New images from space missions are often slow to be released. The Deep Space Network isn’t exactly broadband, and they have to process the images to make them look presentable. But we still have a few new shots of Pluto and it’s moons from New Horizons over the past week.
That is a close-up of the southwest part of Tombaugh Regio, also known as “the Heart”. You’ll definitely want to click to see the full-size version. We see two mountain ranges, one in the north and one in the south, both the equal of the American Rockies–which appear to be plateaus of water ice sticking up about the crust. To the east are plains of bright carbon monoxide ice, while to the west are dark, cratered lowlands, probably covered with methane ice and tar.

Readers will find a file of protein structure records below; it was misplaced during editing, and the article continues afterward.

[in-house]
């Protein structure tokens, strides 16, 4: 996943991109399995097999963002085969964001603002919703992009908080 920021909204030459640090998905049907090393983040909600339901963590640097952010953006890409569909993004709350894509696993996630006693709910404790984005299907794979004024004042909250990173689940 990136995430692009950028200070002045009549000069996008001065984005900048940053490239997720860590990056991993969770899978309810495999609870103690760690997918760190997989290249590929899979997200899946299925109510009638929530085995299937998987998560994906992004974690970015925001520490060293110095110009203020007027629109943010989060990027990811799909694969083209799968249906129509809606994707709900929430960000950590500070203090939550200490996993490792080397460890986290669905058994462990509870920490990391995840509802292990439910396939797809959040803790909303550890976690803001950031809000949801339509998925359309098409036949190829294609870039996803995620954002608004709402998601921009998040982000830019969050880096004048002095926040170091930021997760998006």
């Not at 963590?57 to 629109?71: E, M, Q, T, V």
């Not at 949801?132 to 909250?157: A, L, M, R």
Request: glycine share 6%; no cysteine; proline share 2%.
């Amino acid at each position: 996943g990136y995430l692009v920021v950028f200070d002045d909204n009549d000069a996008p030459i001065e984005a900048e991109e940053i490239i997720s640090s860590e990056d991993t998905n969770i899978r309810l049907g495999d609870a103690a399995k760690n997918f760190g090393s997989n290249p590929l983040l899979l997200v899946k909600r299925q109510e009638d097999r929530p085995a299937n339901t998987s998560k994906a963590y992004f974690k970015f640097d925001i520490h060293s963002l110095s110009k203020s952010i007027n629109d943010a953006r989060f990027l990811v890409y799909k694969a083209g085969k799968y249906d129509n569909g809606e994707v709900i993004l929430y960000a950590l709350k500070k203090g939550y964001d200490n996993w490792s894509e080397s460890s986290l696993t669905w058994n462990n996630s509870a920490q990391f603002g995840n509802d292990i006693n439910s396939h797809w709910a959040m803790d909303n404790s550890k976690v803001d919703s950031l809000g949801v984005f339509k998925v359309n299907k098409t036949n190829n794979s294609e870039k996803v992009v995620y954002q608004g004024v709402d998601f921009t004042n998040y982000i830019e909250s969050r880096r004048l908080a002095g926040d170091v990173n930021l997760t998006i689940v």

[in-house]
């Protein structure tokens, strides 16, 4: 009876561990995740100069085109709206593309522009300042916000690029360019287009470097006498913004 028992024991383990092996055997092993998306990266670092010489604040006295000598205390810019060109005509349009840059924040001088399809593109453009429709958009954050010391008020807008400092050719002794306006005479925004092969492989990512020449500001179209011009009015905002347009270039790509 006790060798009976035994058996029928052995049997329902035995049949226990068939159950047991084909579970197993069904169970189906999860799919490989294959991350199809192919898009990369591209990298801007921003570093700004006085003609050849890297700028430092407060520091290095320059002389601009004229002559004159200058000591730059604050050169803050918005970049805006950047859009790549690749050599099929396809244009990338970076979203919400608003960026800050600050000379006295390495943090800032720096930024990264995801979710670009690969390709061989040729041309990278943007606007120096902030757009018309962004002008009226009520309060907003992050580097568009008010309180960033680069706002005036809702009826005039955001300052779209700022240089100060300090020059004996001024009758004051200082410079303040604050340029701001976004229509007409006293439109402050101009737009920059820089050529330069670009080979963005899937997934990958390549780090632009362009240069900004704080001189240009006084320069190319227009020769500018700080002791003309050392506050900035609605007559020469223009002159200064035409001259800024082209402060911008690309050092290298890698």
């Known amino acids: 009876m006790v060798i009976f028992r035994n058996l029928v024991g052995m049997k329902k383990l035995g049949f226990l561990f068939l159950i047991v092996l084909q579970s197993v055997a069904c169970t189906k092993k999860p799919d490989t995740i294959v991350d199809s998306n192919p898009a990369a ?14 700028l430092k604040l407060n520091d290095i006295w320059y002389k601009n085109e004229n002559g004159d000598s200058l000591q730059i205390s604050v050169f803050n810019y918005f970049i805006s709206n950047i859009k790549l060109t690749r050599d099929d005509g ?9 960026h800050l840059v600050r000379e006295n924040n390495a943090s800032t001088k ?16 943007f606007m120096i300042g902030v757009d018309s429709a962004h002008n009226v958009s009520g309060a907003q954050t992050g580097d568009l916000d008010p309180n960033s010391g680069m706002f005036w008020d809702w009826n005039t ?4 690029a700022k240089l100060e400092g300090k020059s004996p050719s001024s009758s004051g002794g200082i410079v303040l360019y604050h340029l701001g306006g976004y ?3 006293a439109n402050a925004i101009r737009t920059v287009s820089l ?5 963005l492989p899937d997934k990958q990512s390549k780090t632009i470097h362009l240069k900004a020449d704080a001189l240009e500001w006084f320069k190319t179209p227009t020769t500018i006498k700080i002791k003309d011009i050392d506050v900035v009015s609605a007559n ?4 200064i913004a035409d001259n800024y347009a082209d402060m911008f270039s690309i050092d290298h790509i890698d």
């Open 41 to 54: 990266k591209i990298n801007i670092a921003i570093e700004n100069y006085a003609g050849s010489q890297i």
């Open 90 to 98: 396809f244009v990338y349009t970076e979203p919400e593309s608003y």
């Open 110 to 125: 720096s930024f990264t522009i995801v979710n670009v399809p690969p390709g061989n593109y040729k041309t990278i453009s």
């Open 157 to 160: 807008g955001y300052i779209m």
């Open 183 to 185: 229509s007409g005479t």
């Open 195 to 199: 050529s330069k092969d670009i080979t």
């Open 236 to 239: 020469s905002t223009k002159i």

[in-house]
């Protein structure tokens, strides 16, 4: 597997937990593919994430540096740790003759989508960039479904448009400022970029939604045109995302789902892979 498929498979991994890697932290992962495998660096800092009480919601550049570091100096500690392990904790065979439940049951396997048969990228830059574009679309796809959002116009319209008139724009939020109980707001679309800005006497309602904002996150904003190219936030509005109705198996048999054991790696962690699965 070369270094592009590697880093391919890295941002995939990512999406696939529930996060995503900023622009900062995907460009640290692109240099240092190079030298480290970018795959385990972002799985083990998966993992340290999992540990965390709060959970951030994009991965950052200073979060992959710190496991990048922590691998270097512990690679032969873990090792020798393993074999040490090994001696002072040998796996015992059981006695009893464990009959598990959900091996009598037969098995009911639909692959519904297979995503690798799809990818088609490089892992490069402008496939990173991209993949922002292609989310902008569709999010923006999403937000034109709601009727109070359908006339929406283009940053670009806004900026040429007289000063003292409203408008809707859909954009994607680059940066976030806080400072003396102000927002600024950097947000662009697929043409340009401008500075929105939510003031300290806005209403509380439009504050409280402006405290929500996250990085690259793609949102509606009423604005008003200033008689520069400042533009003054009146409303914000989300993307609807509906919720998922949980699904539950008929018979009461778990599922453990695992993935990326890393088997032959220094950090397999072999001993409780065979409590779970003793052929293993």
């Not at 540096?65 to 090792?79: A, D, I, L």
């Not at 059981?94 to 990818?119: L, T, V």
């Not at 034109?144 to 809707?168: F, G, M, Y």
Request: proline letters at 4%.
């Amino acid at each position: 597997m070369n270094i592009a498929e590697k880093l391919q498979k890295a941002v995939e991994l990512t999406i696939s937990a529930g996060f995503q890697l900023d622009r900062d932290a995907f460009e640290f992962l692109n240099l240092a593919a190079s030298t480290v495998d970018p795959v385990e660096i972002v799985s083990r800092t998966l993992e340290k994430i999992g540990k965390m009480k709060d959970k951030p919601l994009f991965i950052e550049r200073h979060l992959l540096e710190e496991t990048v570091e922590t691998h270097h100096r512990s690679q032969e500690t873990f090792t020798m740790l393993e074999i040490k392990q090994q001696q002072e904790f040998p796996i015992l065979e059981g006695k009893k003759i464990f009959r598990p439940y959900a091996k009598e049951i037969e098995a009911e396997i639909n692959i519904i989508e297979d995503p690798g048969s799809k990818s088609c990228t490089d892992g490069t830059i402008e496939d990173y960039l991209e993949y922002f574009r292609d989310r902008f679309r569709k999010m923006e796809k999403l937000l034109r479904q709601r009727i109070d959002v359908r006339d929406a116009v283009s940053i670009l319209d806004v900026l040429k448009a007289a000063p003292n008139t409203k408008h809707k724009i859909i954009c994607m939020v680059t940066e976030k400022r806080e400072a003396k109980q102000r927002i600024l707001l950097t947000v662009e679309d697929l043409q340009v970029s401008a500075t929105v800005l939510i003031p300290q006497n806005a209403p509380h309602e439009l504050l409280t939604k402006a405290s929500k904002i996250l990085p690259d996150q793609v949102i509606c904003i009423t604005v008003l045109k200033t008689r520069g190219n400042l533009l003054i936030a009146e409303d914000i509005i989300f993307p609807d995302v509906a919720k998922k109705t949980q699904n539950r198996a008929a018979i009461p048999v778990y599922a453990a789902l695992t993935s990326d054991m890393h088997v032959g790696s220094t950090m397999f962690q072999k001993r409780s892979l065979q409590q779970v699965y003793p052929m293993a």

I’ll note that despite being covered with volatile carbon monoxide ice, which melts at 68 kelvin (9 degrees colder than liquid nitrogen), it’s actually a long lived feature, visible in Hubble Space Telescope images as far back as 1996. It’s kind of hard to tell, but it’s the bright spot on the left said of the right-hand frame.
Astronomers got a big surprise when they took a close look at Pluto’s big moon, Charon. That’s a mountain that appears to be surrounded by a moat. Nobody really knows what it is. My guess is that it’s some kind of weird volcano or some kind of weird crater–or maybe both on top of each other.
These are two of Pluto’s small moons, Nix (left) and Hydra (right). Nix is distinctly red, which, again, is probably due to methane-based tar on the surface. Hydra has a lopsided, comet-like shape, much like Comet 67P/Churyumov–Gerasimenko, as seen by ESA’s Rosetta mission.